What Happens When There Are Loads But No Trucks?

We are entering the peak season for spot market freight. Load availability is rising, but for-hire fleets are not adding trucks to meet the additional demand. Many markets are already feeling the pinch of tight capacity, with pressure increasing the fastest on reefers, flatbeds and specialty equipment.

In 2005 I worked for a large warehousing company. In the post-Katrina period, FEMA booked so much capacity that it became difficult for a lot of shippers to find truckload carriers. Here are some the alternatives that shippers used:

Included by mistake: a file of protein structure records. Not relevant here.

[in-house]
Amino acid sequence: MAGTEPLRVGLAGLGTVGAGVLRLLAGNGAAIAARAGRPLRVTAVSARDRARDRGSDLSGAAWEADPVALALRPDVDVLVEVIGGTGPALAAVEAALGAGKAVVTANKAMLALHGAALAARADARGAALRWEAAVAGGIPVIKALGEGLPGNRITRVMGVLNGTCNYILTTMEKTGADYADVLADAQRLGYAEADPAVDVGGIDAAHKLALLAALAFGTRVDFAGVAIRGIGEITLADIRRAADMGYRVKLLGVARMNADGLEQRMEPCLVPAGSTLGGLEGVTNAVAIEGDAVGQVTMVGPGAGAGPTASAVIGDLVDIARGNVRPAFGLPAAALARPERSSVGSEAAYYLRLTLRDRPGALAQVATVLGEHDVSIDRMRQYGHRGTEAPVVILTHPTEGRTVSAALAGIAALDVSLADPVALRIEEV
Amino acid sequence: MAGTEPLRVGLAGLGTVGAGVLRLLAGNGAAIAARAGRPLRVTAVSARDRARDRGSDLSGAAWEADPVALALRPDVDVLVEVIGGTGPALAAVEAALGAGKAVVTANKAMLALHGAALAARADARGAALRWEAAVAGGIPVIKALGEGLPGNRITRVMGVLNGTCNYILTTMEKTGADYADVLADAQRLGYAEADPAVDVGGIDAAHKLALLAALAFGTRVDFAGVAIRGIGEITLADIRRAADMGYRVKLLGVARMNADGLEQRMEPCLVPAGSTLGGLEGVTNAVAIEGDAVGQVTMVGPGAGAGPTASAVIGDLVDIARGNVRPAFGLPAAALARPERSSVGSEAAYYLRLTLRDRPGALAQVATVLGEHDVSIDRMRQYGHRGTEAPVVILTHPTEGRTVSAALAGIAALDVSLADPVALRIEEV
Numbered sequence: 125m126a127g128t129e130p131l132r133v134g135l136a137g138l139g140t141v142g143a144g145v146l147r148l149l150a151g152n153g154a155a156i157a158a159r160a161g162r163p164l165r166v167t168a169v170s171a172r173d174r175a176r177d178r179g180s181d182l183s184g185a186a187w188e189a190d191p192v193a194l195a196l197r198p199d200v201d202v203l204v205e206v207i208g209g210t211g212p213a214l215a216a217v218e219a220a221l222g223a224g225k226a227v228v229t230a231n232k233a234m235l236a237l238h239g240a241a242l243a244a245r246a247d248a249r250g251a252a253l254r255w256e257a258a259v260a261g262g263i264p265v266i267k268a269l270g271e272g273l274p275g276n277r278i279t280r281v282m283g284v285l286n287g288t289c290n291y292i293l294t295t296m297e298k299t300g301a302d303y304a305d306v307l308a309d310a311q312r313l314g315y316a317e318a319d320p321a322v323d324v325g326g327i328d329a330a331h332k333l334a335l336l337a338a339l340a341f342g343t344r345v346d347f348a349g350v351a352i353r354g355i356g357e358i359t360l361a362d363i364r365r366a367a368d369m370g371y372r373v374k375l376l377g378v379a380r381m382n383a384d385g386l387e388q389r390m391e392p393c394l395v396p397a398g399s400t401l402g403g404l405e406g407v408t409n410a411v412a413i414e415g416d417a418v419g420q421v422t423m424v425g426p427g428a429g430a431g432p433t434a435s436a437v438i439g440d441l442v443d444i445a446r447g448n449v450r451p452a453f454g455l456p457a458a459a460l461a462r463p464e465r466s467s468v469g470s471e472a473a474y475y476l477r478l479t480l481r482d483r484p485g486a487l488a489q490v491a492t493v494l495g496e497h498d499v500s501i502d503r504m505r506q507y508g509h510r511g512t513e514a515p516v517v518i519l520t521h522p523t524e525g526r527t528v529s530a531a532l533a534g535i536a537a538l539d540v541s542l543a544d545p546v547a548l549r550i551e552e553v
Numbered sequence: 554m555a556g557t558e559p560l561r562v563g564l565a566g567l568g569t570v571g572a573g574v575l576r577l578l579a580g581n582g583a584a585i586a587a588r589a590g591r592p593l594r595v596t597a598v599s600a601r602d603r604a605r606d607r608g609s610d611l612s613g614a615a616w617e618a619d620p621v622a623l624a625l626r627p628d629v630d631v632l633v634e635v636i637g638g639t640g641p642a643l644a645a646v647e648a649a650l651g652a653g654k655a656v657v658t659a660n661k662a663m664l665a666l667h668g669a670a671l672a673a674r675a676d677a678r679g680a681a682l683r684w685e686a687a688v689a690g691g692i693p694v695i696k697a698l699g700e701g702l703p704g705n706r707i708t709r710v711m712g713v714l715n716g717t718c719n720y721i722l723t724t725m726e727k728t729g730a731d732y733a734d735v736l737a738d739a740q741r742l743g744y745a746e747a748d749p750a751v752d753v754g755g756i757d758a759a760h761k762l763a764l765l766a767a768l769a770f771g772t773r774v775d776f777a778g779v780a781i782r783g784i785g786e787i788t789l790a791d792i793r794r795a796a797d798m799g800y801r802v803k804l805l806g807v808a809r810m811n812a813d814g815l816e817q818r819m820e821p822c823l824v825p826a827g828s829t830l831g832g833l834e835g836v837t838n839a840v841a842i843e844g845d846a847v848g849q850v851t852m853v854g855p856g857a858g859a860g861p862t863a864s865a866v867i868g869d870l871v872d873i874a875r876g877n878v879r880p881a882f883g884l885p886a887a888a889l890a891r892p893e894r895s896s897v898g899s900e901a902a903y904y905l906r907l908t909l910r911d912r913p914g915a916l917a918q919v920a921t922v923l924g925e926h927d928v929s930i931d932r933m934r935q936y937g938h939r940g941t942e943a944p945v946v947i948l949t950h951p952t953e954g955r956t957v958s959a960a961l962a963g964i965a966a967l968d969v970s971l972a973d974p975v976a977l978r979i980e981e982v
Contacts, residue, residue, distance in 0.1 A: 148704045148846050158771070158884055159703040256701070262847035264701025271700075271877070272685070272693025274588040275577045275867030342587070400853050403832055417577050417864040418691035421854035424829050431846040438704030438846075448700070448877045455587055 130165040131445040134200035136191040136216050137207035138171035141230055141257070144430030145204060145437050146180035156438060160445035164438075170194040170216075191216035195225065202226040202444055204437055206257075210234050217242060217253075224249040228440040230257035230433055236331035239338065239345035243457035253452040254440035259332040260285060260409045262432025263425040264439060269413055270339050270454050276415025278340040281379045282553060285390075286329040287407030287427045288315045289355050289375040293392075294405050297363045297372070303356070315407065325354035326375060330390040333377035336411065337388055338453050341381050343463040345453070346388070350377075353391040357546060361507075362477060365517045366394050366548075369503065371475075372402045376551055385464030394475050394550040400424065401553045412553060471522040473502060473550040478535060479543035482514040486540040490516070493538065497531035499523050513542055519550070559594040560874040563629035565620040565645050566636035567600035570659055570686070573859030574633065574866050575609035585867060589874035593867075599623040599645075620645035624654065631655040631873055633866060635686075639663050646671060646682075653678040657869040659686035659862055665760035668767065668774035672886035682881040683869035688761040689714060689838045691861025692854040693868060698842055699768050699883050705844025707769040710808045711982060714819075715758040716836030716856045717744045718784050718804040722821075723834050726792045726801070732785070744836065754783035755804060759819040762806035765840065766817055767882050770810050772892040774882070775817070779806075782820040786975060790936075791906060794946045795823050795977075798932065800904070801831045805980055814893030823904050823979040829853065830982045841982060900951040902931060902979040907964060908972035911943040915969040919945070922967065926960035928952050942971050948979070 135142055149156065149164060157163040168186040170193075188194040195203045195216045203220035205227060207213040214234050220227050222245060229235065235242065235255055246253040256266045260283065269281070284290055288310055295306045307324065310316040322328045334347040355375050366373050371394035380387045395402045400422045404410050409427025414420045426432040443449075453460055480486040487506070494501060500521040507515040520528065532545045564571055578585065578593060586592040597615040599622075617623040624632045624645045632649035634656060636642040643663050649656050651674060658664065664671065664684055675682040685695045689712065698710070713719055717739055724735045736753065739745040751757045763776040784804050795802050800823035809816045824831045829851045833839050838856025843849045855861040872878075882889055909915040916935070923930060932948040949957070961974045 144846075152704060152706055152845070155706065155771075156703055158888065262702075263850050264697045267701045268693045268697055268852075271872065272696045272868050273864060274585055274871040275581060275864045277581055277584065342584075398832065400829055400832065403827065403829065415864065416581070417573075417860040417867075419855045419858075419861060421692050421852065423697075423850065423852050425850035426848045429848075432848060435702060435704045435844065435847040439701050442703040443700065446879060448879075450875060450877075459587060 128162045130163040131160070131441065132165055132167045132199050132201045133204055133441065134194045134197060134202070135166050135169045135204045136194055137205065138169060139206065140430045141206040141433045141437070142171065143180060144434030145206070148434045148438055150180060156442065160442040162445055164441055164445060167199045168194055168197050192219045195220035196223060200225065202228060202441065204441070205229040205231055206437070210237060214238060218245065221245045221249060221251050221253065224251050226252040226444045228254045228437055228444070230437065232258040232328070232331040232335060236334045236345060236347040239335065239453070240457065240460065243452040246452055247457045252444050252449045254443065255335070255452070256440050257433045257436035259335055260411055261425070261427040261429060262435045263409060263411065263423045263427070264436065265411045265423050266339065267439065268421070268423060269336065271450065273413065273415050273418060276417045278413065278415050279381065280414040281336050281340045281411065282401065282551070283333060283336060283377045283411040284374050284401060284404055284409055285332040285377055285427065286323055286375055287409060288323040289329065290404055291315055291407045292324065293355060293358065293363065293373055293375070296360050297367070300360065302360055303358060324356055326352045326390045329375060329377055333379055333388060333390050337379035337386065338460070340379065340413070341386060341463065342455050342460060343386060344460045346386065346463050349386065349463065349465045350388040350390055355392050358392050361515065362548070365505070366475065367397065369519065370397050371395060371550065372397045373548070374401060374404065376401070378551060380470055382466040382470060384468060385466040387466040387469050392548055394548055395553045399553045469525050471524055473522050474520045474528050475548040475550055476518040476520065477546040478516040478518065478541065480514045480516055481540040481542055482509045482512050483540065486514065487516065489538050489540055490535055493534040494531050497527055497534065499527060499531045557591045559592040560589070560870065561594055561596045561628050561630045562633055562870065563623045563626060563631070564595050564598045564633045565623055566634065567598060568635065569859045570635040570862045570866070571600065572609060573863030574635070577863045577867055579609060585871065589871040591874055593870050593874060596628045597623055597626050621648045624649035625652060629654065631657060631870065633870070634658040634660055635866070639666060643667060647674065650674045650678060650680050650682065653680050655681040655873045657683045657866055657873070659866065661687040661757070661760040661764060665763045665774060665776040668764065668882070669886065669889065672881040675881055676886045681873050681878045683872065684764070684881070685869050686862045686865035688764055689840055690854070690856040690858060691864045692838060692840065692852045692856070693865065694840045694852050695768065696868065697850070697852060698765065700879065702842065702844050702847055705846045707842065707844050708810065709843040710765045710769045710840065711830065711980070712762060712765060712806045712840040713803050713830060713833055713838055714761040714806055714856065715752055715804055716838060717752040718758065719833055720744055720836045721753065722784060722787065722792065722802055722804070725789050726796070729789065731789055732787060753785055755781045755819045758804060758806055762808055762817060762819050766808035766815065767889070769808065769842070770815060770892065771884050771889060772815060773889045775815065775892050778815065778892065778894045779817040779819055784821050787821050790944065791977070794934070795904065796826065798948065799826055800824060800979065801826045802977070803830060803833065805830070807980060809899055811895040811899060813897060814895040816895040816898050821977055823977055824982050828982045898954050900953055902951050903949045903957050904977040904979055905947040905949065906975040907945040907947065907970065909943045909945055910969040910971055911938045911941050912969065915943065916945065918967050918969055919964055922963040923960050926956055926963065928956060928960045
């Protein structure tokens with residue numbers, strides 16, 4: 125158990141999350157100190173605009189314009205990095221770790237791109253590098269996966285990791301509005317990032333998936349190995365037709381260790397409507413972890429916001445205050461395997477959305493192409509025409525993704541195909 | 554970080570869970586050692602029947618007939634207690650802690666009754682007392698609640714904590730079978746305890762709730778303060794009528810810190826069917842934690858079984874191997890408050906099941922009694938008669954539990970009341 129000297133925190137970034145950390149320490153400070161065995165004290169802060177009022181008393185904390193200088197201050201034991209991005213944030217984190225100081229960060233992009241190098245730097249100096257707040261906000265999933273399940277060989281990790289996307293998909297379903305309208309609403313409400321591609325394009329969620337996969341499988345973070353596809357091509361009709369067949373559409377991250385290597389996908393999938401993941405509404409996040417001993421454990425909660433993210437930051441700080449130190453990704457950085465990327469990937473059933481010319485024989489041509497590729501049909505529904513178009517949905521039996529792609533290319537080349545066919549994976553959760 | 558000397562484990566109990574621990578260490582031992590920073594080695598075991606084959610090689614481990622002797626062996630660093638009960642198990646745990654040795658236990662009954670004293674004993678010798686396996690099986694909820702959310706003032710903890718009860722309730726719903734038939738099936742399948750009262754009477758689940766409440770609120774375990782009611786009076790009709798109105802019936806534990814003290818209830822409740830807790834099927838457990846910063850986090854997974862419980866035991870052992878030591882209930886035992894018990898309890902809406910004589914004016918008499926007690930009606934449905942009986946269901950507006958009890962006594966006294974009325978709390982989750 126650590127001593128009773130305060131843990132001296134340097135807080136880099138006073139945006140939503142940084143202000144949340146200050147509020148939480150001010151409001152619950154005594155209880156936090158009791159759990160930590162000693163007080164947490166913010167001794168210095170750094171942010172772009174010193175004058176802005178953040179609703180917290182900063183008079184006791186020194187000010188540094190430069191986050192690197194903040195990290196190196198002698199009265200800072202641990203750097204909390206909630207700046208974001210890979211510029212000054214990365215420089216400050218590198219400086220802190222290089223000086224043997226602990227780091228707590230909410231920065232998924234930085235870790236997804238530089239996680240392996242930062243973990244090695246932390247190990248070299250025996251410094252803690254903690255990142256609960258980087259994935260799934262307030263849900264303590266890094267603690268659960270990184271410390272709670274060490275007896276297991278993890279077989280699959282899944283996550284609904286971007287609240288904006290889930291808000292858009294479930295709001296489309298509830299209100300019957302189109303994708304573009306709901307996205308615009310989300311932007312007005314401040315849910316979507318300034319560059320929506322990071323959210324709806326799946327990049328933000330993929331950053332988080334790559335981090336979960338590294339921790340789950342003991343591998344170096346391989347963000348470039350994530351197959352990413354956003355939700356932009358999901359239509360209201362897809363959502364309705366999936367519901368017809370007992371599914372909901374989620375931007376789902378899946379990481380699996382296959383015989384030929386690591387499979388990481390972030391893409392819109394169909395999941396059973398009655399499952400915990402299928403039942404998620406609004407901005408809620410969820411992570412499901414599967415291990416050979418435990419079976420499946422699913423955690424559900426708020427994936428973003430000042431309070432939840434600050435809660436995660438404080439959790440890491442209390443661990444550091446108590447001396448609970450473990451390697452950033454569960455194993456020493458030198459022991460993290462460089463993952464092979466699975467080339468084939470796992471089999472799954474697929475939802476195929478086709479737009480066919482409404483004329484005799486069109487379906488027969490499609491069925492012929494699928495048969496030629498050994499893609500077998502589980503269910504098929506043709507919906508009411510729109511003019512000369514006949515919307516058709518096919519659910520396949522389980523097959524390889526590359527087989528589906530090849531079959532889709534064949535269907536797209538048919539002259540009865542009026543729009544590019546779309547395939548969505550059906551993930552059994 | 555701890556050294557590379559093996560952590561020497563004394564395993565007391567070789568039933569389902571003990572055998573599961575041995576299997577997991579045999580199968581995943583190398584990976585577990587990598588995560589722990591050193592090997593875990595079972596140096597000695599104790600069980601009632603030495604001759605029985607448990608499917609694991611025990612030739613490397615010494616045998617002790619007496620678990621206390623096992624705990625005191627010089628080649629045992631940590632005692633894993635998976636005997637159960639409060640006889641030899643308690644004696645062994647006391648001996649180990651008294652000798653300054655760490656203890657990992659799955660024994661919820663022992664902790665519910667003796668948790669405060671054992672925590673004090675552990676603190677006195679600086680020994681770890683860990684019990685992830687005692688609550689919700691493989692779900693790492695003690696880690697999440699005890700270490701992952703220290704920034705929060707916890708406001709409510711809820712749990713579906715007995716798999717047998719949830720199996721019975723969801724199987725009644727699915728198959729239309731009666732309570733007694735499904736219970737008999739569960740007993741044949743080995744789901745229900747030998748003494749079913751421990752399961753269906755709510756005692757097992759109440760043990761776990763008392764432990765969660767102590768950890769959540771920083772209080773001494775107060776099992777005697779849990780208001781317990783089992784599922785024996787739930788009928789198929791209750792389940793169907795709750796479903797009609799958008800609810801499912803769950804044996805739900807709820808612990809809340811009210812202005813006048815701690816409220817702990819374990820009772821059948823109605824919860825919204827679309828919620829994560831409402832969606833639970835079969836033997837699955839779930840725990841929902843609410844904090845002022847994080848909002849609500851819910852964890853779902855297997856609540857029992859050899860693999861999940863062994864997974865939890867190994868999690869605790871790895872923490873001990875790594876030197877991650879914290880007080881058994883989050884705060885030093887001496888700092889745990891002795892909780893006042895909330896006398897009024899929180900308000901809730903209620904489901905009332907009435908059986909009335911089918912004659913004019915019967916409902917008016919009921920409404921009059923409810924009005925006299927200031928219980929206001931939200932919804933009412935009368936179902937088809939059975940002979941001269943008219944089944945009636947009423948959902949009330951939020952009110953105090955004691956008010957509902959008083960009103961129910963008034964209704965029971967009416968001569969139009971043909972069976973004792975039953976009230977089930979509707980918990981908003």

• Sent more freight via rail intermodal services - some lost to trucking permanently
  • Renegotiated with LTL services to handle volume shipments
  • Redesigned supply chains to focus on short hauls rather than long hauls
  • Created 'dedicated fleets' to provide 'captive' capacity

Some of these new tactics persist until today. Supply chains continue to evolve. Every day, there are shippers looking for trucks, but they don't always find what they need. So they change their habits.

There are also trucks looking for shippers. Both sides engage with intermediaries, including freight brokers and 3PLs, and all those groups look to DAT and other load board services to help them find each other.